Tuesday, January 28, 2014

Part 4—Pretend Filmmakers

Part 4—Pretend Filmmakers

How to Tell a Real Filmmaker from a Fake One

This is part 4 in a series of blog postings answering prospective students' questions about what to look for (and what to avoid) in a film school and how to tell a good school from a less good one. Parts 1, 2, and 3 appear on previous blog pages. —Ray Carney
A post-script: The information below is important, but please note that there is a second, more recently added page,"Youth, Beauty, Idealism, Hopes, Dreams," that discusses serious deficiencies in the Boston University College of Communication Department of Film and Television screenwriting and film production programs in particular in even more detail than they are dealt with on this page. It is available in the right-hand menu under the listings for April 2015 or by clicking on this link

[Continued from the preceding page] ... so the question becomes how to get beyond business values, the distortions of the PR machine, the financial pressure to “close the sale,” the smugness and imperceptiveness of mediocrity?
The first thing to do is to look at the actual, proven accomplishments of the faculty. Are the teachers in the film program you are considering attending intellectually alive and artistically creative—or are they brain-dead? There’s one sure way to tell for a production program and another for a film studies program. And in both cases they are things you can factually verify, independently of the hype and distortions of the PR machine and the self-reports of faculty members. You’ll have to do a little homework, but think of it in terms of being paid fifty or a hundred thousand dollars for an hour or two of your time (since that’s the amount you’ll save by avoiding a school with a zombie film production or film studies faculty). 
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I'll deal with the film production faculty first. Here’s all you have to do in terms of checking out production teachers, packed into a single sentence:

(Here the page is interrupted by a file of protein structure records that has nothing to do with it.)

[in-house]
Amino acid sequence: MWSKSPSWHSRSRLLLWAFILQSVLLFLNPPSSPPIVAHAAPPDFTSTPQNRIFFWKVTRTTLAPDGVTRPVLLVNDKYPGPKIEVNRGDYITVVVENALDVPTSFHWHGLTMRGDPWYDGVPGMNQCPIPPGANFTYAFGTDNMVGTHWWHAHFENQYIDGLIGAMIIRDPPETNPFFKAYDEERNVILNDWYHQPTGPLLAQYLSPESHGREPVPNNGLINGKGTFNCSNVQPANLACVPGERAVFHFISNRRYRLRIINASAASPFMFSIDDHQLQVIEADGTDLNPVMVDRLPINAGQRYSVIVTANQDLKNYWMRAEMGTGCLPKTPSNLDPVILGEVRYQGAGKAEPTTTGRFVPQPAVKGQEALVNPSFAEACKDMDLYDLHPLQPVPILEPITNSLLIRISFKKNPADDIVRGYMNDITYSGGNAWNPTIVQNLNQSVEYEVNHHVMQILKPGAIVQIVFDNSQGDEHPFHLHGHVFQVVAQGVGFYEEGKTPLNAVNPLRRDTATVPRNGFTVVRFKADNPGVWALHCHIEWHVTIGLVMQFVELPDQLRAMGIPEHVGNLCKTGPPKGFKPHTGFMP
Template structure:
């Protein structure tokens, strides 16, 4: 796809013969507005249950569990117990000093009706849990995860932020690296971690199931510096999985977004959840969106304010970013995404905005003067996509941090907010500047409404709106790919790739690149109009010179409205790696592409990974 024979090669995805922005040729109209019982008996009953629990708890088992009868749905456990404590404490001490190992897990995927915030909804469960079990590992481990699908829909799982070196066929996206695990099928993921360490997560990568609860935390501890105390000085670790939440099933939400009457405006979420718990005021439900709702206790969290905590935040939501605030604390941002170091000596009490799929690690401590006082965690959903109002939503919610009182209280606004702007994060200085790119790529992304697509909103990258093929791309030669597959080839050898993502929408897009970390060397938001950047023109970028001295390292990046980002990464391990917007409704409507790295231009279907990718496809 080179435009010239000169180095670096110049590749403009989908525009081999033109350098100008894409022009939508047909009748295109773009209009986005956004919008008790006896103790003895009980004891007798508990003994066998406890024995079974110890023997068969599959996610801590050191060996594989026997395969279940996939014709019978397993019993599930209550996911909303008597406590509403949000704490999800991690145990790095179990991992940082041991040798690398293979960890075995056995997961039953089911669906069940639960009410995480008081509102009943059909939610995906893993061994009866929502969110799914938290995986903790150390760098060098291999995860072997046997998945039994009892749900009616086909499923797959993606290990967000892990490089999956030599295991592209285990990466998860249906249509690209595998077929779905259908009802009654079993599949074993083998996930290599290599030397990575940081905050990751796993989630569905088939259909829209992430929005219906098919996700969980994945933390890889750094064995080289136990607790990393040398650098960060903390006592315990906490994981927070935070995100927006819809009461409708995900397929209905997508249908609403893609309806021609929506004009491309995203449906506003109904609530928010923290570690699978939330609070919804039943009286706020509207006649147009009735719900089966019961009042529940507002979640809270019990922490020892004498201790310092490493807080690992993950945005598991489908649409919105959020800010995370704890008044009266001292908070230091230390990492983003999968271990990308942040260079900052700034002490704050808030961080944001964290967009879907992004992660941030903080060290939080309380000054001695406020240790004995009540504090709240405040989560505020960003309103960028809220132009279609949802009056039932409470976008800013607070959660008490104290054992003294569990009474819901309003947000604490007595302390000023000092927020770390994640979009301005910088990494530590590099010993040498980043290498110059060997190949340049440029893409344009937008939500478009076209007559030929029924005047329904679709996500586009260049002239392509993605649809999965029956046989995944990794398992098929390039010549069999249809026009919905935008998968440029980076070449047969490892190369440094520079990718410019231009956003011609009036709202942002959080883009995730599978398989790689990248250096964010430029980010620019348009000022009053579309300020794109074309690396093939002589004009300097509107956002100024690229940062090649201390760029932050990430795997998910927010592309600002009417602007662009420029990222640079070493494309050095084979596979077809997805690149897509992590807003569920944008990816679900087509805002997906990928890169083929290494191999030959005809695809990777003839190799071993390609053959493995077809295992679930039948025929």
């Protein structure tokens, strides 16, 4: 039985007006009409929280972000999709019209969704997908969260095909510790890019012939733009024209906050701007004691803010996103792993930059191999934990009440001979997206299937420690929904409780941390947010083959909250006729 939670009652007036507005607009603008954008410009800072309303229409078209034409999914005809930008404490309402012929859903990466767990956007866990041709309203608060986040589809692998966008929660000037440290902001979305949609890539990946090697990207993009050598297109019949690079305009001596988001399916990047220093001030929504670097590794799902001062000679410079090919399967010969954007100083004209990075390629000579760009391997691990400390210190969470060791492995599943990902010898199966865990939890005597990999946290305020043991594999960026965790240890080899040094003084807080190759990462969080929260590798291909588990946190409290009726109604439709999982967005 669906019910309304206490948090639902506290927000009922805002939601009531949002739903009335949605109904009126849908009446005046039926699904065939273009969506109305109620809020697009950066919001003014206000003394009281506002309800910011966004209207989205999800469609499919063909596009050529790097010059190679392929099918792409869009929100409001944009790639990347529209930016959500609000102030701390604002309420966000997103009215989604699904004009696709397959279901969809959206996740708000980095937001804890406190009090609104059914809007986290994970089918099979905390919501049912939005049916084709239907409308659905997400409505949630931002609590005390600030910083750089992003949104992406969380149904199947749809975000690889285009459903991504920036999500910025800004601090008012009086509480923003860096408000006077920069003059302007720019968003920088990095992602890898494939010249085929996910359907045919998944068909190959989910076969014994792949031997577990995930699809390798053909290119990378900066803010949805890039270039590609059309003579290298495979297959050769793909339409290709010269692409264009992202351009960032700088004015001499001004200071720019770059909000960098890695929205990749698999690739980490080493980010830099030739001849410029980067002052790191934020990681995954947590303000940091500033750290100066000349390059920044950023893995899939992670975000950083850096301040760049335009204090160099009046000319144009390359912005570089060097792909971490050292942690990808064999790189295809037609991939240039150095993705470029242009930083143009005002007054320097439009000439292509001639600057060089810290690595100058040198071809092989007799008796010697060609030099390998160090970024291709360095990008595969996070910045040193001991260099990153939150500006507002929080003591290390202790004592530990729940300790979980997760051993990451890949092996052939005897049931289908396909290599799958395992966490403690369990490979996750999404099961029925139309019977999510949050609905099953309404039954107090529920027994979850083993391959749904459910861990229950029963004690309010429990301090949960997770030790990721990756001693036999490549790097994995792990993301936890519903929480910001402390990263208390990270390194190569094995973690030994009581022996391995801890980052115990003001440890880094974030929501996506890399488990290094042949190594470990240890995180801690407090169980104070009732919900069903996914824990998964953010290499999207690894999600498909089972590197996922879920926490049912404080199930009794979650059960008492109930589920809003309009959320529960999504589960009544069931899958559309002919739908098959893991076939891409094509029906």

Check that every single film production or screenwriting faculty member has not only written or directed (and preferably both written and directed—the separation of the two tasks in American filmmaking and academic film programs is an outdated, moribund legacy of the very worst of Hollywood's corporate practices. left over in my own backward-looking outdated Boston University film program) but actually released three or four (or more) feature-length films, either documentary or fiction, that have had real commercial runs of at least a few days in a regular, commercial movie theater in New York City. Nothing else counts. Trust me, I know what I am talking about. (And this is not at all difficult to verify, fortunately. You can check if any movie ever made had a run in New York simply by Googling "New York Times" and the name of the film or filmmaker, since the New York Times reviews every single film that is released and plays in New York City, without exception. That's their policy. Even the trashiest, most God-awful, slasher/exploitation film is guaranteed a review in the New York Times if it plays in a commercial movie theater in New York City.